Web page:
According to a hadith Mohammad also said that an Arab is not better than a non-Arab, a white man no better than a black or vice versa, except in terms of piety and good deeds. When Muhammad was forced to flee from Mecca to Medina, where he became the leader of the emigrated Muslims who had fled with him, a document was drafted under his leadership, which is nowadays known as the ‘Constitution of Medina’. It expressly stated that the community does not only consist of Muslims but also of the Jews, Christians and pagans residing in Medina. It was a universal community, where people of all faiths and races belonged to. A community can only function harmoniously, if people respect each other. So you should never force someone to accept a faith that you adhere yourself. It may be dangerous to quote Quranic texts as evidence for your opinion, especially if you pluck them out of their context. Fanatics do that too much. Yet it seems to us that the famous verse 2:256 – There is no compulsion in religion – can be explained in no other way than by cherishing freedom for everybody to believe whatever they want. Today the word Ummah is often limited to the Muslim community, but that shows a cramped form of separation and is in fact contrary to the message of the Prophet Muhammad, who emphasized so strongly the unity of everything and everyone.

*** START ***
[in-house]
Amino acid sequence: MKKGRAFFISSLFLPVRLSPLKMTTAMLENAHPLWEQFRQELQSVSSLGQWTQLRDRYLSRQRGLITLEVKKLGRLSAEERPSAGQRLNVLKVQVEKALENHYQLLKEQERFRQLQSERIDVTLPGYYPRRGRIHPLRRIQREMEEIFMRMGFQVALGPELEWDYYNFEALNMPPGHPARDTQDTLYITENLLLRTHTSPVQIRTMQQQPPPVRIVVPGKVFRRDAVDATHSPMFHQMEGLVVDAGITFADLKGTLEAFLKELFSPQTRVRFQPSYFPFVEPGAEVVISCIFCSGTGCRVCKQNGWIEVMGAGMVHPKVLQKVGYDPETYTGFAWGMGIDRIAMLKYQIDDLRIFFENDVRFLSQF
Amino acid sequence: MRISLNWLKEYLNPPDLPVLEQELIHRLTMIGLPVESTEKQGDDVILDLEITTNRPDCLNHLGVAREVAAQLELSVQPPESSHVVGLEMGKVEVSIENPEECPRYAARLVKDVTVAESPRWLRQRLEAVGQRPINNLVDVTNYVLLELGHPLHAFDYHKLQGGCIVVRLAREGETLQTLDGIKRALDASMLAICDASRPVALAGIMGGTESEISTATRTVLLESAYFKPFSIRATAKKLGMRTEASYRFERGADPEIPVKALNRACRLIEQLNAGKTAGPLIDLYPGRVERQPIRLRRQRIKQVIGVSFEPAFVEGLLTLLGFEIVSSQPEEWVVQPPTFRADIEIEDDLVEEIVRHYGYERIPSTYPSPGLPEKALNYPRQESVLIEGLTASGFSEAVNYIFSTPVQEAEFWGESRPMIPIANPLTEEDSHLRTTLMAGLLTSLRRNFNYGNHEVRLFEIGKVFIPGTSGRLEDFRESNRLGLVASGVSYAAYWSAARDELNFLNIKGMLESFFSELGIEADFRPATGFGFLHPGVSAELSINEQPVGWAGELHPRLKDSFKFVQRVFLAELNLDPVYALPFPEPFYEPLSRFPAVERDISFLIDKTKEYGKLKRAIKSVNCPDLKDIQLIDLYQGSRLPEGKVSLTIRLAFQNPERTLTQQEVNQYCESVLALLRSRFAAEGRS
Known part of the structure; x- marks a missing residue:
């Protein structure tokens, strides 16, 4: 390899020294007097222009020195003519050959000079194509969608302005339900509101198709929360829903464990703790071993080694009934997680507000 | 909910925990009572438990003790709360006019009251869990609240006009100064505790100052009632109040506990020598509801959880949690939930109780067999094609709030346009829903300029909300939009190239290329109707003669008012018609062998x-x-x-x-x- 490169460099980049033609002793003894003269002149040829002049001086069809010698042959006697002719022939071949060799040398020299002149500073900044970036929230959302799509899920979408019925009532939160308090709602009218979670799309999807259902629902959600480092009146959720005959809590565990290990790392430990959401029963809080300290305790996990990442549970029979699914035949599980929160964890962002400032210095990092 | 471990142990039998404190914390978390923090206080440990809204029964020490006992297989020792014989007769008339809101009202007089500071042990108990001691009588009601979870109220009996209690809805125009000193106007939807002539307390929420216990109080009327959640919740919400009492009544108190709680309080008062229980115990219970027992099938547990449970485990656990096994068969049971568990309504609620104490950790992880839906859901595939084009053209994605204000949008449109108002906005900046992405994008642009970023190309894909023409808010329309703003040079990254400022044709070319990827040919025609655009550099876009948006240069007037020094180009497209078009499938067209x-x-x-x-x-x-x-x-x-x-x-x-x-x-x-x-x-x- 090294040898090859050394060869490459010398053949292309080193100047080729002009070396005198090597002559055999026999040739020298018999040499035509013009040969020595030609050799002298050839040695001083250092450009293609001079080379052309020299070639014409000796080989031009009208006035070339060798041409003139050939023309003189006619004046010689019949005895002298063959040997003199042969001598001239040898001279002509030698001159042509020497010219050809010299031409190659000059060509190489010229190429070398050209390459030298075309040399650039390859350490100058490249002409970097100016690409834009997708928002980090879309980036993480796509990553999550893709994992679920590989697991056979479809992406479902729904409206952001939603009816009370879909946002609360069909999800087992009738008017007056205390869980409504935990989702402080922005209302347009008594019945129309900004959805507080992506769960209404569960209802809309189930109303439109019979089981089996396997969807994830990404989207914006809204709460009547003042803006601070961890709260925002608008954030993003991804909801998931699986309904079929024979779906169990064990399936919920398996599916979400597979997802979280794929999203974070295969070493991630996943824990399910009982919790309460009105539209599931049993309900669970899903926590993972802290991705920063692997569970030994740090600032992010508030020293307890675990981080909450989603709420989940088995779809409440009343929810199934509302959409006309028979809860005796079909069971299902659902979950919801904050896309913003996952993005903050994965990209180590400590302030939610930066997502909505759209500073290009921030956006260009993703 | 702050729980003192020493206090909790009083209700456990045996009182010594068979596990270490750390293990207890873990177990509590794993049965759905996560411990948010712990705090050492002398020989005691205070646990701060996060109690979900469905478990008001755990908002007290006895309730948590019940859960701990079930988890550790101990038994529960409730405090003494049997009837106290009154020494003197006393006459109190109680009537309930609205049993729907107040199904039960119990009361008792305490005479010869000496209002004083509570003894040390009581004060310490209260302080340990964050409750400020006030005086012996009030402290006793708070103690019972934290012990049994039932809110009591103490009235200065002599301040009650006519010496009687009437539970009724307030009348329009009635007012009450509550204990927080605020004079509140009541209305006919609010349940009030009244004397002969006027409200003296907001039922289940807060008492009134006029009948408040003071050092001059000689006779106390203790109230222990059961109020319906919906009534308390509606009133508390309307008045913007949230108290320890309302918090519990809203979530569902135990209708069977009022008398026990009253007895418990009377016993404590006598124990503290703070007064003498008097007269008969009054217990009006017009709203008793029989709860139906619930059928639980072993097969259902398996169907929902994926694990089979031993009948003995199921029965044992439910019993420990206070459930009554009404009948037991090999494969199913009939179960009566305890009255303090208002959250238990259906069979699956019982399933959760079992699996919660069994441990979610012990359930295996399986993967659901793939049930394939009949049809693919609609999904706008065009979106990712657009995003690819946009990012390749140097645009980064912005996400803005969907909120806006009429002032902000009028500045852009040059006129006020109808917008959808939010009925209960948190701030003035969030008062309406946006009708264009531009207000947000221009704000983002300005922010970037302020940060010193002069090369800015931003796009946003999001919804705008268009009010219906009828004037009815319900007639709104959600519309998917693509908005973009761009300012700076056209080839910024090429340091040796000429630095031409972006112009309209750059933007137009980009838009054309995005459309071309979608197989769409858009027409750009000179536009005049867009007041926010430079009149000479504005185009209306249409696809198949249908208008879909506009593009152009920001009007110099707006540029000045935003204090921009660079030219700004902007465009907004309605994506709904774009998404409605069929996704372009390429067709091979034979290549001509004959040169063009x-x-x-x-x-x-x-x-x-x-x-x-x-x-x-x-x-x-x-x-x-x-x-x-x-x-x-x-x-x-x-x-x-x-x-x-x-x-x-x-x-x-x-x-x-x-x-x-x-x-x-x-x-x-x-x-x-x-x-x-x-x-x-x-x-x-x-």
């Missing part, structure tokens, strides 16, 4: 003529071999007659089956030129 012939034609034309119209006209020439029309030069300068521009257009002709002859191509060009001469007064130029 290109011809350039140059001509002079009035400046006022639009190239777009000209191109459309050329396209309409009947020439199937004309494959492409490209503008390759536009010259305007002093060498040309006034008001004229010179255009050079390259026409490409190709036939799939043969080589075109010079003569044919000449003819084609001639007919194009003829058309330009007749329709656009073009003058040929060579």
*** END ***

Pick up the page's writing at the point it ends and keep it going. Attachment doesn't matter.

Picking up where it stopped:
Unity is very important throughout Islamic thought. It explains the aversion to polytheism, the belief in various gods. Now you can find in the Qur’an a whole army of archangels and angels. This Holy Book itself – so is the tradition – was dictated by the archangel Jibril or Gabriel. So there is no doubt that there are beings that are more advanced than humans. The Qur’an tells also about beings that are less developed than humans: the jinn, extremely primitive entities. But this whole hierarchy forms a unity. This emphasis on the unity of Allah leads to the rejection of more gods. For the gods in ancient Arabia were all tribal gods. Each tribe had its own god, who was of the greatest importance for the ancient Arabs, even when this feeling was to the detriment of other tribes. That’s why morality was limited to one’s own tribe. As a result, there was much war and discord. There were no overarching ethics. But because of the Hijra – Muhammad’s flight from Mecca to Medina – Islam got a universal character. Initially the preaching of Muhammad was only addressed to the Meccans, but now he spoke to all mankind. Polytheism was thus rejected as being the return to the separateness of living in one’s own tribe. For every tribe had, after all, their own tribal god. So if you denied the existence of all those gods, you put an end to the tribal sense of separateness. Compare it with today’s national symbols. The symbol of the USA is an eagle, of France a rooster, of Spain it is a bull and of the Netherlands a lion. Suppose that all those peoples grant their symbol great power. They pray to it. They beg to it for prosperity. In doing so, they isolate themselves from other nations, with hatred and war as a result. You can counteract this by saying that all those symbols are illusions and false. There is unity. People need to know each other and learn from each other, so they can better shape the unity. An important conclusion that can be drawn from the doctrine of emanation is that the divine is not outside but within us. When all is One, there can be nothing but Oneness. So every being is rooted in the Oneness. Rooted in a common divine Source, the divine is in all. Nevertheless, there is a great variety of beings in the world. Humans are different from animals, animals differ from plants, et cetera. And mutually men also, of course, differ from each other. The doctrine of emanation explains that too. Every entity gives in its own unique way shape to the unity. Therefore beings always differ in their outward form from each other and due to those differences they can learn from each other.